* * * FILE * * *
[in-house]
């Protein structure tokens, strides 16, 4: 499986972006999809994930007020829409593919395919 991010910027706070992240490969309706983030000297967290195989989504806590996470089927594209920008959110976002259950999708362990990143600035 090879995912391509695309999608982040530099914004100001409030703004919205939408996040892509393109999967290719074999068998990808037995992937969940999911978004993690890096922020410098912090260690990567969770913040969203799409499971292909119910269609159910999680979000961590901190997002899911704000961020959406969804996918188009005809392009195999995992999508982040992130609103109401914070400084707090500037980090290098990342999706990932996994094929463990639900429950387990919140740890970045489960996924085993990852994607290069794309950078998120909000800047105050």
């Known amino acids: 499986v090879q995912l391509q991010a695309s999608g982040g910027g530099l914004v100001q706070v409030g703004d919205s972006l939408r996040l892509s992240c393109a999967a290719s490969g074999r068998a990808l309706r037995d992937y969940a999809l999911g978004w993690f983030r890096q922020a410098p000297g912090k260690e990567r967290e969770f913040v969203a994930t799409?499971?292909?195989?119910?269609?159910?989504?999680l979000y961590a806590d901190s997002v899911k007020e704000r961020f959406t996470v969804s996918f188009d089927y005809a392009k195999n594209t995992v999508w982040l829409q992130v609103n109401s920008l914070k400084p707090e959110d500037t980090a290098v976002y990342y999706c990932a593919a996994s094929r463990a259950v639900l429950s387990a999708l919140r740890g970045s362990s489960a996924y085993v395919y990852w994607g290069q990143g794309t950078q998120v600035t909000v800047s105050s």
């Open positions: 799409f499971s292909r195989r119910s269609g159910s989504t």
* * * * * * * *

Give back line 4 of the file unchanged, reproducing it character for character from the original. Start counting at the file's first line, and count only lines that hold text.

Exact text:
């Open positions: 799409f499971s292909r195989r119910s269609g159910s989504t």